Building a petanque court in Montreal

By Mr.Bordsenius at 2003-08-16

By Ken Turner
I was on a missions trip in July with the youth from my church. We went to Montreal for a week. In all, there were 25 groups that performed work for the people of Montreal. We volunteered our labor for a week as a way to show God's love to other people.

I was the crew chef for the "pet project" of the week. We were sent to a Senior Citizen's apartment building where we built a Petanque court. I had a crew of ten people which included two adults (over 40) and eight people over 15 and under 21. We built a ten by forty foot court and it took us a full week of hard work. As you can see by the attached pictures, it was hard work. We first had to remove a lot of grass. The language difference made it challenging, and amusing, as I remember the little guy seen in the pictures was not very good at English, and we were not very good at his language either. He asked if we had a hard time removing the turd. He meant turf, but it was funny that he asked what he did.

Anyway, we used two layers of 6x6 pressure-treated lumber for the perimeter. That's 200 linear feet for a 40 x 10 foot court. After we dug out the turf, we had to remove approximately 6 inches of the soil around the edge of the court in order to place the entire first layer of lumber at the same level as the existing lawn. The second layer was set on top and currently sits about six (really 5.5) inches above the surface of the grass. The edge of the court is deeper than the center. We did that to make it better for drainage. We put around two inches of rock under the border lumber.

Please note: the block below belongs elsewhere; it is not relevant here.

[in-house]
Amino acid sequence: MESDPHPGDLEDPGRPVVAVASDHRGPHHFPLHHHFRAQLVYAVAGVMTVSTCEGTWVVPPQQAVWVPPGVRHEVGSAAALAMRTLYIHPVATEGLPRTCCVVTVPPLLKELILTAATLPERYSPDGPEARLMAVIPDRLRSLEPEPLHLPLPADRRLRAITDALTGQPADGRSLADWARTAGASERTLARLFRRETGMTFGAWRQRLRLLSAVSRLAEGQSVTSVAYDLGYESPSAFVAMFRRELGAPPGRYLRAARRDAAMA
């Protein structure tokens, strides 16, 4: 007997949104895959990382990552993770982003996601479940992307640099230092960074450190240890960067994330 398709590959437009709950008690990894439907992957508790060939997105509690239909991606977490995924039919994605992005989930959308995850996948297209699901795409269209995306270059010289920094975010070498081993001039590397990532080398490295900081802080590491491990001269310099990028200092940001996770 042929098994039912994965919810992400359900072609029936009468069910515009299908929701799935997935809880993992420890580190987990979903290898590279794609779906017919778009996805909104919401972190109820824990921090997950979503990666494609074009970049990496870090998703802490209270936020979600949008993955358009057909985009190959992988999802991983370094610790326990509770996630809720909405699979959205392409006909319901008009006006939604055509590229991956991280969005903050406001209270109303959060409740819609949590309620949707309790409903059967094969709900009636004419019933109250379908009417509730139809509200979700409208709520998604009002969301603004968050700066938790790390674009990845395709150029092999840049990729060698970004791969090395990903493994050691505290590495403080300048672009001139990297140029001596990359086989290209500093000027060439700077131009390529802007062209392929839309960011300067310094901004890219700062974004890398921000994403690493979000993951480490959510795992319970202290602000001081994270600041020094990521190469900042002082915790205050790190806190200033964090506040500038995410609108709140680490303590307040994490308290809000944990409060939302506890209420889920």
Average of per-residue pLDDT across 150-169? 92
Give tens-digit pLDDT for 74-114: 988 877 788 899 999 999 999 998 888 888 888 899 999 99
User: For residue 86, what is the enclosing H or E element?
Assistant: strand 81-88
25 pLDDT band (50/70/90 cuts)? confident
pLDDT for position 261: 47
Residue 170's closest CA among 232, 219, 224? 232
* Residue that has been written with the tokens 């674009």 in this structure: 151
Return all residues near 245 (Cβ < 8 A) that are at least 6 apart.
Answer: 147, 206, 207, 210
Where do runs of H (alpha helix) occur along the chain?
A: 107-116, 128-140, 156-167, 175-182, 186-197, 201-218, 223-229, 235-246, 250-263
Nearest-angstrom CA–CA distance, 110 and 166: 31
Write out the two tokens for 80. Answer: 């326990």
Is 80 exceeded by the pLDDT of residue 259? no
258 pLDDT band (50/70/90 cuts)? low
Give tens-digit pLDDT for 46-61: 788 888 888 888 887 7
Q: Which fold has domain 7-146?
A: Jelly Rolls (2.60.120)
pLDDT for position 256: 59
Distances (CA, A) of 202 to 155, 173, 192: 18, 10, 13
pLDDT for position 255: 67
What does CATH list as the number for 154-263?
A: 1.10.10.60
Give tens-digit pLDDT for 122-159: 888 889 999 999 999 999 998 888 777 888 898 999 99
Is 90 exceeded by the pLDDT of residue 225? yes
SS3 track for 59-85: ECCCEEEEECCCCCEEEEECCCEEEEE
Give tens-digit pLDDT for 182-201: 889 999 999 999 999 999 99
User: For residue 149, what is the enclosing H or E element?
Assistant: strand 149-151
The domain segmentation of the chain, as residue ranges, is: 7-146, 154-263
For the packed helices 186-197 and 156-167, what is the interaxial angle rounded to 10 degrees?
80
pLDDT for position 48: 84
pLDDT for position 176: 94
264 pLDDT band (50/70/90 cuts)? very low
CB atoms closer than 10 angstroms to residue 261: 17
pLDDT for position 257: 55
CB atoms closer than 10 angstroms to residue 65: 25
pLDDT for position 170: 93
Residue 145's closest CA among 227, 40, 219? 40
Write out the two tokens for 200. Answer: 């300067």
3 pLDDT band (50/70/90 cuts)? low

Once it was all dug out, we put down the cloth you see in the photos. After the cloth was down and cut to size, we placed the edge gravel in before the first layer of lumber. The first layer of wood was put in and squared for a perfect rectangle. The top layer was nailed onto the bottom about every foot along the way. The ends of each of the two layers were offset for strength. There was a lot of measuring and cutting along the way to be sure we would end up with a nicely-shaped court.

Only when the entire supply of lumber was down did we start putting down the rock. We used 5 cubic yards of gravel and six cubic yards of stone dust. There were three wheel barrows used and a lot of shoveling that week, but we ended up completing the court by Lunchtime on Friday and were able to enjoy the game with some of the residents on Friday afternoon.

I have since purchased some Boules and am now a player of the game. We use some courts already existing in Arlington, not far from where we live. Maybe I will build another court some day, perhaps at the church.

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